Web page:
Thanks to a New York University study, it was discovered that President Donald Trump appeals to men who have fragile masculinity.
Please pause for an overwhelming amount of jokes.
Just kidding, I won’t make you think some up.
Instead, I’ll just post my favorite zingers here:
Phew okay, I am done.
Back to the story, shall we?
Not surprising to many, the study that was published this past Thursday in the Washington Post also revealed that in 2018 — Republican candidates facing a Democrat were able to garner more support in areas of the country with higher levels of fragile masculinity.
Eric Knowles, NYU Psychology professor, along with doctoral student, Sarah DiMuccio, share that male Trump supports are much more insecure with their own masculinity than one would assume.
They also credit Trump’s “authoritarian, cartoonishly-machismo rhetoric” for making these men feel more powerful than they actually are.
Using Google Trends, researches sampled 300 men to discover that Trump attracts male supports that reaffirm their manliness.
“The political process provides a way that fragile men can reaffirm their masculinity,” Knowles and DiMuccio share. “By supporting tough politicians and policies, men can reassure others (and themselves) of their own manliness.”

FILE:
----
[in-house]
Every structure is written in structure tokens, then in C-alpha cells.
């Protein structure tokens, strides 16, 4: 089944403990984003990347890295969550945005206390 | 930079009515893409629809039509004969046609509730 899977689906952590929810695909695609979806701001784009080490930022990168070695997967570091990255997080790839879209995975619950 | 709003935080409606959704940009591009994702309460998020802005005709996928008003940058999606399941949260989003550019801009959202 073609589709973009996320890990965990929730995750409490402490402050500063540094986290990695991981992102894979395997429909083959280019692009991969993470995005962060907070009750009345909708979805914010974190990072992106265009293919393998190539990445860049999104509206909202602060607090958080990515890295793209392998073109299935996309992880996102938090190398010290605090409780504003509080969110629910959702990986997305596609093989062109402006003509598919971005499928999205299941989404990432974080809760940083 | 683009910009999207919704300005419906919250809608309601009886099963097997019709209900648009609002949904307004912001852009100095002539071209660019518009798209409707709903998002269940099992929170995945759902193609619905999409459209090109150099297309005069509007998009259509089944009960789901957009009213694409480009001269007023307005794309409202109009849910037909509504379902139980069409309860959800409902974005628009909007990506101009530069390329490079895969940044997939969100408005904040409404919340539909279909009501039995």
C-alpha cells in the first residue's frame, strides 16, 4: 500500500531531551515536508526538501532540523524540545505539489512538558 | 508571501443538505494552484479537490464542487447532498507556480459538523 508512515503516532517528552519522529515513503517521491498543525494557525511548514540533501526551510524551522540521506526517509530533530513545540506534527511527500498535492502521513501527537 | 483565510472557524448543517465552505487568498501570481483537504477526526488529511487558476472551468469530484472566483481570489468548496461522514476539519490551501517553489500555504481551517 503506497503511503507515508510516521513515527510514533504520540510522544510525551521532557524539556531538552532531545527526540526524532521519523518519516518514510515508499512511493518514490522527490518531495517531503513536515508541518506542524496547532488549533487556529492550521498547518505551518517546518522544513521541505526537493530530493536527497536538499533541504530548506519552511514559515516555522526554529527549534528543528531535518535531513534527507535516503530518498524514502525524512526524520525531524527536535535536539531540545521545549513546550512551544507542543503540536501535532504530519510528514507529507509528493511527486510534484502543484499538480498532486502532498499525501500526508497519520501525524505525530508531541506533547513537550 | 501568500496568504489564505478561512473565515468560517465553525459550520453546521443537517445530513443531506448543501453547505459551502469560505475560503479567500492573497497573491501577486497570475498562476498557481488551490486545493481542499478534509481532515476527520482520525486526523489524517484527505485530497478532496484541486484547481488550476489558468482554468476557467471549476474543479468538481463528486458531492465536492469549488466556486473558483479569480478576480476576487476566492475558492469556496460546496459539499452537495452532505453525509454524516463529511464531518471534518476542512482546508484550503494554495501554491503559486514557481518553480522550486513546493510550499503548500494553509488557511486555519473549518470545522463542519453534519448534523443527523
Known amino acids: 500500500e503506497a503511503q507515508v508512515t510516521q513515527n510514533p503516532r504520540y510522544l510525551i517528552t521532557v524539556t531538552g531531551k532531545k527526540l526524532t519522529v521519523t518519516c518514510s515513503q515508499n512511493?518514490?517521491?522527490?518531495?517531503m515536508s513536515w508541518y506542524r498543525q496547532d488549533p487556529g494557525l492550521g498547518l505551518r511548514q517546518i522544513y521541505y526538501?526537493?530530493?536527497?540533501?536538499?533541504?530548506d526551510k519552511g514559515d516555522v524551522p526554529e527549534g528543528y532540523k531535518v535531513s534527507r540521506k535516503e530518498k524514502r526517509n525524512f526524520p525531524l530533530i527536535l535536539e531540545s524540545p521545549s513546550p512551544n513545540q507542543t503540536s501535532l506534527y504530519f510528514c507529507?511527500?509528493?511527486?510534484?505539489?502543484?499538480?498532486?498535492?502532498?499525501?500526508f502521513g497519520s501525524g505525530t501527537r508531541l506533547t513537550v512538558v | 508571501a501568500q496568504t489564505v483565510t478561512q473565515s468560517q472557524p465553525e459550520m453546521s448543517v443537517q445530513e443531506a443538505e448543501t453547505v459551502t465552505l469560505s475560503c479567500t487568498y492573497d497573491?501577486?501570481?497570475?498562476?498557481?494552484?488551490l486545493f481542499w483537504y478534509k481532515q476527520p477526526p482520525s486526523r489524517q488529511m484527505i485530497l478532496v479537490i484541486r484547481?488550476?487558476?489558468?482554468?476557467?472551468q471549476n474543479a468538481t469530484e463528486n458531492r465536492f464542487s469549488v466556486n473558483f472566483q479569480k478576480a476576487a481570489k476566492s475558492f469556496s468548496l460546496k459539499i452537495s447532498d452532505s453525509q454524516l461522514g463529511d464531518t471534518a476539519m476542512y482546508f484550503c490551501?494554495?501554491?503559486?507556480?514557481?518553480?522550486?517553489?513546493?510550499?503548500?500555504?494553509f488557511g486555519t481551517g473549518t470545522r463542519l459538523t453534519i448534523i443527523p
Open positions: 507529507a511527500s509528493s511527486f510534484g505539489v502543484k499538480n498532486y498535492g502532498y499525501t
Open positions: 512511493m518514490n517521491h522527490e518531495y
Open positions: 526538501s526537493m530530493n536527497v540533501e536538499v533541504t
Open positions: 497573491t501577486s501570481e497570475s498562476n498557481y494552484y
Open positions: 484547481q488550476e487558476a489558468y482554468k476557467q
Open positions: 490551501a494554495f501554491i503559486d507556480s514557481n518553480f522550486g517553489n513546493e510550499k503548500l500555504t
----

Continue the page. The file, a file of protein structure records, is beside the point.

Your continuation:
The pair also found that counties that voted in a ‘huge’ way for Trump, had a strong correlation with the following Google searches, like: “how to get girls,” “penis size,” “erectile dysfunction,” “penis enlargement,” “Viagra,” “hair loss,” and well as “testosterone.”
And they say God doesn’t have a sense of humor.
But the pair share that the more interesting finding (if at all possible) is the link between fragile masculinity and voting in 2008 and 2012.
Researches discovered “that the correlation of fragile masculinity and voting in presidential elections was distinctively stronger in 2016” than when both John McCain and Mitt Romney were Republican presidential candidates.
The exact correlation was the same in over 390 House races that consisted of a Republican facing a Democrat for those years, suggesting “that fragile masculinity has now become a stronger predictor of voting behavior.”
The duo does say how “the research reported here is correlational,” which means they cannot say men who harbor their definition of “fragile masculinity” voted for Trump on account of that fragility.
However, they do “think the correlations we’ve identified are important” due to the huge “connection between masculinity concerns and political beliefs.”
“He referred to my hands,” Trump said in a 2016 presidential debate, quoting Marco Rubio, ”if they’re small, something else must be small. I guarantee you there’s no problem. I guarantee.”)
“Trump’s re-engineering of the GOP as a party inextricably tied to many Americans’ identity concerns — whether based on race, religion or gender — will ensure that fragile masculinity remains a force in politics,” Knowles and DiMuccio shared.
So what have we learned folks?
Maybe first, conduct all Google searches in incognito mode for starters? Then after that, we can tackle fragile male masculinity.
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